Again, I get Fertitta crossed the official line because the trade had not gone through yet, but does that line really need to exist in these cases? It feels like the silly hat thing at the NBA Draft.

Damaging or even interesting information was not divulged in either case. The fines were not steep because of it, but the NBA’s process of what is and is not allowed around trades and free agency — and the odd Board of Governors meeting — seems behind the times.

 

Report: Clippers, Rockets both still interested in Andre Iguodala, but both at stalemate

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The Memphis Grizzlies don’t want to just waive veteran Andre Iguodala, they want to get something back in return. That is just turning out to be challenging.

The Clippers and Rockets are still interested, but both teams are at a stalemate, something Shams Charania of The Athletic broke down in a new video.

The story in a nutshell:

• The Rockets are interested, but Iguodala’s $17.2 million would take the team deep into the luxury tax (Houston is currently just shy of the tax line). Charania says any deal likely would involve a sign-and-trade, which implies Iman Shumpert, probably with a draft pick attached.

• The only Clippers’ salary that lines up cleanly is Mo Harkless (with some other players), but Los Angeles doesn’t want to give him up.

Memphis can afford to be patient and say they will just bring Iguodala into training camp, that they are willing to start the season with him.

This may take some time to get done and could ultimately involve a third team. Maybe Dallas gets back in the conversation, or other teams look at their roster and decide they want the veteran wing. This also could be something that drags into training camp, there are no easy answers lined up or the deal would be done already.

Warriors GM on D’Angelo Russell: “We didn’t sign him with the intention of just trading him”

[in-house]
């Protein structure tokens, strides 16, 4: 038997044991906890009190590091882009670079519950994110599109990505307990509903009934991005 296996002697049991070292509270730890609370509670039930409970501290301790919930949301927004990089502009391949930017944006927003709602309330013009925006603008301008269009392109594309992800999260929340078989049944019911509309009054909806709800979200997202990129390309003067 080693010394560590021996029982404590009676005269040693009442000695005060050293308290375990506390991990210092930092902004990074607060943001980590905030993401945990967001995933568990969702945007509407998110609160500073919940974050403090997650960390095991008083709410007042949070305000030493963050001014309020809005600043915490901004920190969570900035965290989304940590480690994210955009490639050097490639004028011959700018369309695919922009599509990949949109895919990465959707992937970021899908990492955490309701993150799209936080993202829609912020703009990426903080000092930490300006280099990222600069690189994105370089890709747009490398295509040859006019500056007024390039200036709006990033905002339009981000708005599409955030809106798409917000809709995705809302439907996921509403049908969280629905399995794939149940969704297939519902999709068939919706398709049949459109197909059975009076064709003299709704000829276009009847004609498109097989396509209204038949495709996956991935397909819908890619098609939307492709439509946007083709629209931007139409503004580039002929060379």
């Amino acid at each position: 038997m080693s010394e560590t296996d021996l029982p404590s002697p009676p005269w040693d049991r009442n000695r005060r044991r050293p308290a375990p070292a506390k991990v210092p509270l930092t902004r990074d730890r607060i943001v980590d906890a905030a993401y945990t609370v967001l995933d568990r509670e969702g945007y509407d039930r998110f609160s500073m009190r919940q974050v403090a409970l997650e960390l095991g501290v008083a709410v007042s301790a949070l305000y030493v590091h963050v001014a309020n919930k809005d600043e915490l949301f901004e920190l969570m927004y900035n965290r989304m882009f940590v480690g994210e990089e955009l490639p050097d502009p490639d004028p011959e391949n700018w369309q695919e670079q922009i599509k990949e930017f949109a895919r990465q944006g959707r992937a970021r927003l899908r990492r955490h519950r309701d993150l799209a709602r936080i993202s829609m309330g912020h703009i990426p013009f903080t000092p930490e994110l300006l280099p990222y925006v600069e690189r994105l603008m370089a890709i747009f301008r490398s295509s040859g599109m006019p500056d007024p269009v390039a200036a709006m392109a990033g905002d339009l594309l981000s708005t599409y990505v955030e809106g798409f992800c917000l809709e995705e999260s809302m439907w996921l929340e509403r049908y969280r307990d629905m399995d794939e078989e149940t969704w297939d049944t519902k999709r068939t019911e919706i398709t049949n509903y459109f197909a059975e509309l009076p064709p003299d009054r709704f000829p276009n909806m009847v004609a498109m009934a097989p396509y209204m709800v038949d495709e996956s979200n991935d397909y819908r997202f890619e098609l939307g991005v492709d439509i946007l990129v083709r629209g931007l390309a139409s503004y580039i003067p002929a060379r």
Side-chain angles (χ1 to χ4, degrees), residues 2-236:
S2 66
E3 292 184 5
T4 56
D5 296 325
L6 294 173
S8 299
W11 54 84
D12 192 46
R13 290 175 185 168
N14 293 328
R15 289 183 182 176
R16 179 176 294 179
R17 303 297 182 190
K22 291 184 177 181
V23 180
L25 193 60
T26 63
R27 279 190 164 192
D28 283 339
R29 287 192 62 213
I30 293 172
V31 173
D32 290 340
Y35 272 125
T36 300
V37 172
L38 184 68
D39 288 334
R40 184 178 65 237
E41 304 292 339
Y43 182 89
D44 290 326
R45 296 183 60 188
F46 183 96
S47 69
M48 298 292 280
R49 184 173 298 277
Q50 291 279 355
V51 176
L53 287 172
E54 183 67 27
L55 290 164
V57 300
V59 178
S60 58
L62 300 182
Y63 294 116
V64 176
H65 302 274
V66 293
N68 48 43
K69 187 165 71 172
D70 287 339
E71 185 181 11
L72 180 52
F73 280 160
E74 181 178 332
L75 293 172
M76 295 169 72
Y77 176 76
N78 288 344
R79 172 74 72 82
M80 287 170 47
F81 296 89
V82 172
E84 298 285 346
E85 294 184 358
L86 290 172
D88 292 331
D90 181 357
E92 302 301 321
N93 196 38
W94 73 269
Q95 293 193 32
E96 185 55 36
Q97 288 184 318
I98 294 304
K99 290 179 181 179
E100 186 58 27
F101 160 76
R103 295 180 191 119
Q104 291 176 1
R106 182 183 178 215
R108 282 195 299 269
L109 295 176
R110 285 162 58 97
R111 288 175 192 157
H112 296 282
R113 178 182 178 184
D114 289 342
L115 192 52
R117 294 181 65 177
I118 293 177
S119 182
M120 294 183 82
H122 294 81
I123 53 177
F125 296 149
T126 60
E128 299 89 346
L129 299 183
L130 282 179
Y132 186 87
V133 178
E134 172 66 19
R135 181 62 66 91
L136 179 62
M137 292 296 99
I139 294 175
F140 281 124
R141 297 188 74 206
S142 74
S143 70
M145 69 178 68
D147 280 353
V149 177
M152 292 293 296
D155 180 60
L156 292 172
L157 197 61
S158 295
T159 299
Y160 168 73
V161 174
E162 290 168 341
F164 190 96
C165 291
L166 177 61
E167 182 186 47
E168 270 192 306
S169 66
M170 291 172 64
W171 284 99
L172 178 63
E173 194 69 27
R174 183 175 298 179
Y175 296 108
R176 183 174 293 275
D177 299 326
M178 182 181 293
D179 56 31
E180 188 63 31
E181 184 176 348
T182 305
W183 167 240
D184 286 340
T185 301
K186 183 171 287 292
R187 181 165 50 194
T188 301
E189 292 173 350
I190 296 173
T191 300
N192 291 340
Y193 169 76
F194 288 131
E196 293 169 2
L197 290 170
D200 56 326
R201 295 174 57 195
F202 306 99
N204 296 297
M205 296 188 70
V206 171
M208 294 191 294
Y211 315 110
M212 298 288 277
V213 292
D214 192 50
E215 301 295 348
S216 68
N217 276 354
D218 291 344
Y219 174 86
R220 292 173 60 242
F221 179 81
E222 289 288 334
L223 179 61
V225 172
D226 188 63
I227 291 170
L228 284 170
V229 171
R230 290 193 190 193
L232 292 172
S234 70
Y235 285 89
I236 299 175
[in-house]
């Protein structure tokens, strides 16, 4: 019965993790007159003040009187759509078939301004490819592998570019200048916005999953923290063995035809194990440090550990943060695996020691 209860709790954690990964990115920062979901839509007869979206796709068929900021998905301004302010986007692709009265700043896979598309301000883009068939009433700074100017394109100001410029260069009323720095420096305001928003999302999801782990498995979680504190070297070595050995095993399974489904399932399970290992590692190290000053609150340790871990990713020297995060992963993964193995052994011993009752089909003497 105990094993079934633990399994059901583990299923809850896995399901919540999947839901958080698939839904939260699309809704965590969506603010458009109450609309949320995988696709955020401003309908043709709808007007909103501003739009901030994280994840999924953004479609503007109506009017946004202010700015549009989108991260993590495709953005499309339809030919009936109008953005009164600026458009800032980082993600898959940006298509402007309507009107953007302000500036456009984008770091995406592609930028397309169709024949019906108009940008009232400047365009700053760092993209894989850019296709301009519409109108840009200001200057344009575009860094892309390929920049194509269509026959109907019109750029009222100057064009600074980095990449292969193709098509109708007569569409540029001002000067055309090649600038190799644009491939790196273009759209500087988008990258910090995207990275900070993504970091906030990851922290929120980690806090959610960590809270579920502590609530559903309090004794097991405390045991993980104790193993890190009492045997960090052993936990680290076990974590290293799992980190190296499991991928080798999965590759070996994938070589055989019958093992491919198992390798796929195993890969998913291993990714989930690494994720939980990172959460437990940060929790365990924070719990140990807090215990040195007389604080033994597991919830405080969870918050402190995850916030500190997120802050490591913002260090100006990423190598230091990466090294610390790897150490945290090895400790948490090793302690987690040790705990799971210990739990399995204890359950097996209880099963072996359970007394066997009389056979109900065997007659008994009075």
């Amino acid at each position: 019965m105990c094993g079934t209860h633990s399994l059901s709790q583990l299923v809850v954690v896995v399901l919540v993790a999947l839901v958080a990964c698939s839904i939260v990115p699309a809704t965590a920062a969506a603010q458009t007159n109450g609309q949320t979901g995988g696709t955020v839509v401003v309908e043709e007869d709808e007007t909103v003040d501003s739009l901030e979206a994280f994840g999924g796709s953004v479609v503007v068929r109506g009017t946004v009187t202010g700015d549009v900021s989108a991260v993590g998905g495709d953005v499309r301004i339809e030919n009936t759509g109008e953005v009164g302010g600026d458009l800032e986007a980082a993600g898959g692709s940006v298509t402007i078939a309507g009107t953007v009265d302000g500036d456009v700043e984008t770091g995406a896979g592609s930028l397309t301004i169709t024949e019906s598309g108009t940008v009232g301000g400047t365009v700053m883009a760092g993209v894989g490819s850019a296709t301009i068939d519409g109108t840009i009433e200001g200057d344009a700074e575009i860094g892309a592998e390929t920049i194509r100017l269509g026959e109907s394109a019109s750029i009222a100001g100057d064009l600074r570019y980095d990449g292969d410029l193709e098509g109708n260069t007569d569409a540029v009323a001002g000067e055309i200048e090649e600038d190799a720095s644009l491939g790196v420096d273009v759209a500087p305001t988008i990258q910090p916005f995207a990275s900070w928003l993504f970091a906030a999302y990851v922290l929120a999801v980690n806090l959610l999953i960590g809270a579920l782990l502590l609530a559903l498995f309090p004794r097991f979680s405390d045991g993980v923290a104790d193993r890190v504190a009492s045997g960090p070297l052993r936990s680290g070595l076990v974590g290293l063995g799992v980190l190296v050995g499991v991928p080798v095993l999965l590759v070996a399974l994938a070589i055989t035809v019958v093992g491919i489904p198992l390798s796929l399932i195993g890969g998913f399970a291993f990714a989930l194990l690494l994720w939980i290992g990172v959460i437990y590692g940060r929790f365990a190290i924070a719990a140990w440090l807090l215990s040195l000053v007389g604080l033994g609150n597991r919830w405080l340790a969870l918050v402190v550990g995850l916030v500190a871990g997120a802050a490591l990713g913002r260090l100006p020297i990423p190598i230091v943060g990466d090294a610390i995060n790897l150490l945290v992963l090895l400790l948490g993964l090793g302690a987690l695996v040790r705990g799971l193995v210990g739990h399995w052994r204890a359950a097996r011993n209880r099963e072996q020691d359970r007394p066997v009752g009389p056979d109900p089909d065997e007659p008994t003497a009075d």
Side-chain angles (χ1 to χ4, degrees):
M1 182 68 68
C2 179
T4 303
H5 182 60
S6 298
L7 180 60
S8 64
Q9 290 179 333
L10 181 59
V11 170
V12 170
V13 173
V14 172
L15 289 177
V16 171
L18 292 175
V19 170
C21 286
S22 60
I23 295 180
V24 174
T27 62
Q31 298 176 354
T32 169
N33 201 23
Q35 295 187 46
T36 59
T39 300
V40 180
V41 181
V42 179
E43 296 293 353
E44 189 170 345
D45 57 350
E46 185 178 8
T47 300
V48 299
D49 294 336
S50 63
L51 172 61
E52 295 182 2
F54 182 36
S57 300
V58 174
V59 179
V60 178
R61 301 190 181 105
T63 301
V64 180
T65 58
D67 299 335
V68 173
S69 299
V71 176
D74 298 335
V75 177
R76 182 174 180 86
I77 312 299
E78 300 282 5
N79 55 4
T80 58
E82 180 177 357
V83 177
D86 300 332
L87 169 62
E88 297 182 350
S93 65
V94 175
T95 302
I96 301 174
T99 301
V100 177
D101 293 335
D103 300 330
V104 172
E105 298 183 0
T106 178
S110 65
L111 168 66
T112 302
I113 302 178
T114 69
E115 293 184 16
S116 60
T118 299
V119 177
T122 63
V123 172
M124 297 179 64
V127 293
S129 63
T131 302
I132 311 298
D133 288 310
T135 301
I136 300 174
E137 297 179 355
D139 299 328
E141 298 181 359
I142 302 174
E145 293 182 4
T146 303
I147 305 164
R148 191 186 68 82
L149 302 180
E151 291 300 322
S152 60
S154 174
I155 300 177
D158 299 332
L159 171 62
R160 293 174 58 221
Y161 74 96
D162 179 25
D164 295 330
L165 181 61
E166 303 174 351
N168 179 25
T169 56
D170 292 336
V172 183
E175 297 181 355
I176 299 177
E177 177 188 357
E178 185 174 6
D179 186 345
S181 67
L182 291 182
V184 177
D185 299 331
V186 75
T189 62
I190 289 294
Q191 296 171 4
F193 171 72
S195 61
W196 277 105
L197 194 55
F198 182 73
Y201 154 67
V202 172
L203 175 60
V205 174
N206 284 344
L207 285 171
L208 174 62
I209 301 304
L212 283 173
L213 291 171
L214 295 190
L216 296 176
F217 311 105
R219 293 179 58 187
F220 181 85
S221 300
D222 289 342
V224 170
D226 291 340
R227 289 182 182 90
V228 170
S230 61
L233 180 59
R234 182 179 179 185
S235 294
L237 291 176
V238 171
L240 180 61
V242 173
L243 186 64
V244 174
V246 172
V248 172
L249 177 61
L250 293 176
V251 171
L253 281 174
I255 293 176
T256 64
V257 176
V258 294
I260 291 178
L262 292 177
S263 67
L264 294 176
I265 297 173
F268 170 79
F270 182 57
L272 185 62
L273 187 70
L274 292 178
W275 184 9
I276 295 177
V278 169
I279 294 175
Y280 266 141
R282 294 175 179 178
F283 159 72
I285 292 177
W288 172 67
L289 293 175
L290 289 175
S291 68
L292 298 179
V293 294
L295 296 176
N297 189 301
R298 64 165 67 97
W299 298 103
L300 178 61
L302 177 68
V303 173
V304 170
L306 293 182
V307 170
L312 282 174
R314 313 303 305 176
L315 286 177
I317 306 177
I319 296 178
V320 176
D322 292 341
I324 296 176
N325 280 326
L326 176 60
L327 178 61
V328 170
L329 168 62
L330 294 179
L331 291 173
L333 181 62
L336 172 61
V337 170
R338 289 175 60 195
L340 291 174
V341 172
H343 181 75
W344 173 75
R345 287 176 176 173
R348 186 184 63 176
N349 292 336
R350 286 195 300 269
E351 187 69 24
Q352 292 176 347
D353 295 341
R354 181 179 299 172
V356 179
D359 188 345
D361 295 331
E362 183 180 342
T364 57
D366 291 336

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From the moment the Warriors acquired D'Angelo Russell in a sign-and-trade deal that cleared the path for Kevin Durant to go to Brooklyn, speculation about fit and an eventual trade cropped up. Does Russell’s game really fit with Stephen Curry and, eventually, Klay Thompson‘s, in a three-guard lineup? If not, how fast will they trade him? February at the trade deadline? Next summer?

From the start the Warriors have shot down the idea that they just planned to trade Russell, and on Monday Warriors GM Bob Myers repeated the same thing.

The Warriors plan has been to play Russell and Curry next to each other — they got an All-Star guard to soak up the minutes until Thompson can return (likely sometime after the All-Star break, if at all next season). Maybe the fit works, maybe it doesn’t, but the Warriors aren’t putting limitations or preconceived notions on the possibilities.

If it doesn’t work out, the trade option will still be there.

The Warriors do not head into this season the same juggernaut to be feared, but sleep on them at your own risk. As Meyers said, they believe they have a team that can compete with anyone.

 

Report: Raptors don’t intend to trade Kyle Lowry, Marc Gasol or Serge Ibaka

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Just a few weeks after winning a championship, the Raptors look finished as championship contenders.

In an unprecedented exit, superstar Kawhi Leonard left. Danny Greenan underrated contributor – followed him from Toronto.

The Raptors can remain good with Pascal Siakam, Kyle Lowry, Marc Gasol and Serge Ibaka. But with Lowry ($34,996,296), Gasol ($25,595,700) and Ibaka ($23,271,604) older players on expiring contracts, this iteration of the team will likely be short-lived. Toronto’s obvious path is rebuilding around Siakam.

Will the Raptors get a head start on that by dealing those veterans for assets that can help more down the road?

Josh Lewenberg of TSN:

As for veterans Kyle Lowry, Marc Gasol and Serge Ibaka – who are all on expiring deals – the Raptors have no intention of moving them, at least not before the season, according to sources.

This is perfectly fine.

The Raptors might be less-equipped in a few years by not getting value for those veterans now.

But Toronto deserves a victory lap. There’s value in Raptors fans enjoying these championship players – especially Lowry. This team should still make the playoffs, and even moderate winning will make this prolonged title celebration more satisfying.